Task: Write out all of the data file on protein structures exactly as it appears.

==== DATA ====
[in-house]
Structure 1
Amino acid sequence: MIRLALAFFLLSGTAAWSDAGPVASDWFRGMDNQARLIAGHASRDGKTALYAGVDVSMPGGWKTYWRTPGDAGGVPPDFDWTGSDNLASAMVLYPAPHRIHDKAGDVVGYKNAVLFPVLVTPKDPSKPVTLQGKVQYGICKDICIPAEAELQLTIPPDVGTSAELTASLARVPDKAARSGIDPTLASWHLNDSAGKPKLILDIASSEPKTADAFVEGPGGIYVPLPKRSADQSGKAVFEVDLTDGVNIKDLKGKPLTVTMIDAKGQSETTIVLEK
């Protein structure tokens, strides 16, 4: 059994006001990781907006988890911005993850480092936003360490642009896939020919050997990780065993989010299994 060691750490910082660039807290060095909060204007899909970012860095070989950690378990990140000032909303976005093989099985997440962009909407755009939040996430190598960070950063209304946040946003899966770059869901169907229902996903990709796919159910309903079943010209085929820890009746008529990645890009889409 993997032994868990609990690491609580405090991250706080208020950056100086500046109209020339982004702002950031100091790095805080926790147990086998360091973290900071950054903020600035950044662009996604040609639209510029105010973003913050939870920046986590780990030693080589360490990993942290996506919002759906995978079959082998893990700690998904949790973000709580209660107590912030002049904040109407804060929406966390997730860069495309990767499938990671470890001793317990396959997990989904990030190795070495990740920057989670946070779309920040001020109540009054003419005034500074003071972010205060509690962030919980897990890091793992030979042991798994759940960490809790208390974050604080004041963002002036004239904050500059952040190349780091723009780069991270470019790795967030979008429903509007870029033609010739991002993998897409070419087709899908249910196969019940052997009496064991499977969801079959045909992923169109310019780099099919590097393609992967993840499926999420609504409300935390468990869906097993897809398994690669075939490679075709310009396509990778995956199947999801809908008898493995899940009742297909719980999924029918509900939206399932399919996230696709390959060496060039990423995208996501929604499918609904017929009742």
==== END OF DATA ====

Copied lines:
[in-house]
Structure 1
Amino acid sequence: MIRLALAFFLLSGTAAWSDAGPVASDWFRGMDNQARLIAGHASRDGKTALYAGVDVSMPGGWKTYWRTPGDAGGVPPDFDWTGSDNLASAMVLYPAPHRIHDKAGDVVGYKNAVLFPVLVTPKDPSKPVTLQGKVQYGICKDICIPAEAELQLTIPPDVGTSAELTASLARVPDKAARSGIDPTLASWHLNDSAGKPKLILDIASSEPKTADAFVEGPGGIYVPLPKRSADQSGKAVFEVDLTDGVNIKDLKGKPLTVTMIDAKGQSETTIVLEK
């Protein structure tokens, strides 16, 4: 059994006001990781907006988890911005993850480092936003360490642009896939020919050997990780065993989010299994 060691750490910082660039807290060095909060204007899909970012860095070989950690378990990140000032909303976005093989099985997440962009909407755009939040996430190598960070950063209304946040946003899966770059869901169907229902996903990709796919159910309903079943010209085929820890009746008529990645890009889409 993997032994868990609990690491609580405090991250706080208020950056100086500046109209020339982004702002950031100091790095805080926790147990086998360091973290900071950054903020600035950044662009996604040609639209510029105010973003913050939870920046986590780990030693080589360490990993942290996506919002759906995978079959082998893990700690998904949790973000709580209660107590912030002049904040109407804060929406966390997730860069495309990767499938990671470890001793317990396959997990989904990030190795070495990740920057989670946070779309920040001020109540009054003419005034500074003071972010205060509690962030919980897990890091793992030979042991798994759940960490809790208390974050604080004041963002002036004239904050500059952040190349780091723009780069991270470019790795967030979008429903509007870029033609010739991002993998897409070419087709899908249910196969019940052997009496064991499977969801079959045909992923169109310019780099099919590097393609992967993840499926999420609504409300935390468990869906097993897809398994690669075939490679075709310009396509990778995956199947999801809908008898493995899940009742297909719980999924029918509900939206399932399919996230696709390959060496060039990423995208996501929604499918609904017929009742």